The one thing about healing alone that I’d add is that not only does it mean you can’t blame anyone else for your failures, which is a very powerful learning environment but it also means you can see each individual element you contribute. Its very difficult to know just how good one way of solving a problem is versus another in a raid environment because you’ve got anywhere from 1 to 4 other healers sticking their oar in the water at the same time. In any solo healing environment you see exactly how far every spell moves someone’s health bar and you develop the intuitive feel necessary to make good decisions quickly under pressure in a raid setting.

    • Yeah, a lot of this is a lead in to figuring out how to more more healing theorycraft. The Resto spreadsheet is set up mostly like a DPS sheet, but it is used differently–more of the value lies in seeing properties of individual spells and how they compare to each other. It’s possible that that’s the limit of the hard math approach with healing, so then the question is figuring out what else to do. Because there are still a lot of questions–spell usage, regen/throughput, and then the really big issue which is class balance. These are still factual things that good theorycraft should be able to inform people about, but I think there has to be more of a solid underlying strategic picture first.

      And yes, that’s a good point about healing solo. You learn what all your spells actually do, so you can start to develop a sense of what you can expect out of each one when you cast it.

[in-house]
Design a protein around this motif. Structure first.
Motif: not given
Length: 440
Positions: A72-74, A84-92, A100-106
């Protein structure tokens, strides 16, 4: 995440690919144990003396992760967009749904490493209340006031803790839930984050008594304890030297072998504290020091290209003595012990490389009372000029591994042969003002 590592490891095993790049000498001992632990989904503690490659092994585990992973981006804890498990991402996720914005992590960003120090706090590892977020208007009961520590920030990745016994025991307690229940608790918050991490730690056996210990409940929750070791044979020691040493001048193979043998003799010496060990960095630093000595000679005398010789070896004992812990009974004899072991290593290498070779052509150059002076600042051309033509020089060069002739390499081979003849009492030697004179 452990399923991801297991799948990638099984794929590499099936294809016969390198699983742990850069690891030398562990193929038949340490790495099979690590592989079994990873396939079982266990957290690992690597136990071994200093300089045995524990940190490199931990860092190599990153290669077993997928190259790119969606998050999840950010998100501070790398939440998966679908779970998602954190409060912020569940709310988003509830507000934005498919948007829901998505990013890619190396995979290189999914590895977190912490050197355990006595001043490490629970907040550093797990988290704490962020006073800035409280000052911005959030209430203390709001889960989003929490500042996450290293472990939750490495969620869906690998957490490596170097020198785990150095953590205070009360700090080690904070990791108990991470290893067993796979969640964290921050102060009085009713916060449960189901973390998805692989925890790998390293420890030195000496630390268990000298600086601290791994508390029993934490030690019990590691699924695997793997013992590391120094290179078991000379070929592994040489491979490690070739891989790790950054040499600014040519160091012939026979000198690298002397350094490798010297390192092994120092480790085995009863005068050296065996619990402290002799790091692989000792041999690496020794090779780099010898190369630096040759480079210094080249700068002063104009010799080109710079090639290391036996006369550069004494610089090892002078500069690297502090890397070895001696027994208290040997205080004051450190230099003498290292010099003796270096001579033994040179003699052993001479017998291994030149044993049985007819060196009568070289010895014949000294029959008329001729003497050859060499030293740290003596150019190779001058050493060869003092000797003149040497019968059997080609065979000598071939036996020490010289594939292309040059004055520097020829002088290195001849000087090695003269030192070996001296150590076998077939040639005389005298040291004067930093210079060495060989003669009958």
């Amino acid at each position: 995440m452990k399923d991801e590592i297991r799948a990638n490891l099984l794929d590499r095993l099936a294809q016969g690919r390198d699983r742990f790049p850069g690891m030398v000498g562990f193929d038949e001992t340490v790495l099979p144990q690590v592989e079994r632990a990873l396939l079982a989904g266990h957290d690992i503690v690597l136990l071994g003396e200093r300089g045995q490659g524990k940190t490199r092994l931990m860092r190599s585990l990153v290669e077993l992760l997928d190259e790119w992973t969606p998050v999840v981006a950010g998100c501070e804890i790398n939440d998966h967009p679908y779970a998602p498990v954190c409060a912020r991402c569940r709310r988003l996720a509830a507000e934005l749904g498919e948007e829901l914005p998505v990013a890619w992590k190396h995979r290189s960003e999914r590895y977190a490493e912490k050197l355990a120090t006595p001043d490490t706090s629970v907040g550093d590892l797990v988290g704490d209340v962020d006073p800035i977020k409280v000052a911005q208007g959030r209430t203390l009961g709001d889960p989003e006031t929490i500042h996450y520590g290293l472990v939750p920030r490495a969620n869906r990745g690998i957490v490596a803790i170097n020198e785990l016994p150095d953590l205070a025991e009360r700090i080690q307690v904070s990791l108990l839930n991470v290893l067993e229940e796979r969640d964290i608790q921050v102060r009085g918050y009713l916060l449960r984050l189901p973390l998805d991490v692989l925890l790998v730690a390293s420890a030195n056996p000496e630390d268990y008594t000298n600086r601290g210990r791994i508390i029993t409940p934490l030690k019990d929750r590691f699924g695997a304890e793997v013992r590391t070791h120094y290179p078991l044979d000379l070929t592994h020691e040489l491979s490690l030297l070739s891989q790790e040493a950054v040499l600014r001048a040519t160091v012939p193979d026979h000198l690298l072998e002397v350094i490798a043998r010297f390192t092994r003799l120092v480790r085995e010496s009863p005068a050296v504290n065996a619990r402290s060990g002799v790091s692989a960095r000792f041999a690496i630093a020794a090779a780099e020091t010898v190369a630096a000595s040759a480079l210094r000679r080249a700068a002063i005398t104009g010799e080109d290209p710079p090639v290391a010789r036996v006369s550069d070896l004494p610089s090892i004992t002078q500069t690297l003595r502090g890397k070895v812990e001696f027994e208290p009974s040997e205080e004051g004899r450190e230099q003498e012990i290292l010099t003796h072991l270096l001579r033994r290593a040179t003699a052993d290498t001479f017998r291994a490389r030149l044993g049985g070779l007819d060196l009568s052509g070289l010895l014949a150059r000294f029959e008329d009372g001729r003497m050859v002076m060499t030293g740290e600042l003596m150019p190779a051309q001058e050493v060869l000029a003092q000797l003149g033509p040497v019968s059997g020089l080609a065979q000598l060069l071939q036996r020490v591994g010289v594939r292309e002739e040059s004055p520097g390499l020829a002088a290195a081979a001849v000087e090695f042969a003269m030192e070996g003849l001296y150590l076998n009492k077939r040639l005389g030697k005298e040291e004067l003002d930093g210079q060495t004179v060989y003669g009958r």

4. I really like the encounters-as-puzzles analogy. I also like the analytical approach to what healers are really doing.

    Argument (1) is usually true, but not always. Sometimes it’s preferable to sacrifice one person to keep another alive, especially if the probable alternative is that both die.

    What a healer is really doing is minimizing P(wipe), not minimizing P(player deaths=0).

    Argument (2) is true on farm raids, but not progression. And on farm raids, I’d bet many raids bring too many healers. That leads to whack-a-mole contests, but isn’t worth as much theory-crafting IMHO.

    Granted, progression bosses have low-HPS phases too. But usually the progression healing challenges are new/botched mechanics and high-HPS phases.

  5. Pingback: Healing Theory, Part 2: A Tour of Your Character Sheet | It's Dangerous to Go Alone

  6. Pingback: Healing Theory Part 3: Mana and other Resources | It's Dangerous to Go Alone

  7. Pingback: Why More Spirit is not the Answer to your Healing Problems | It's Dangerous to Go Alone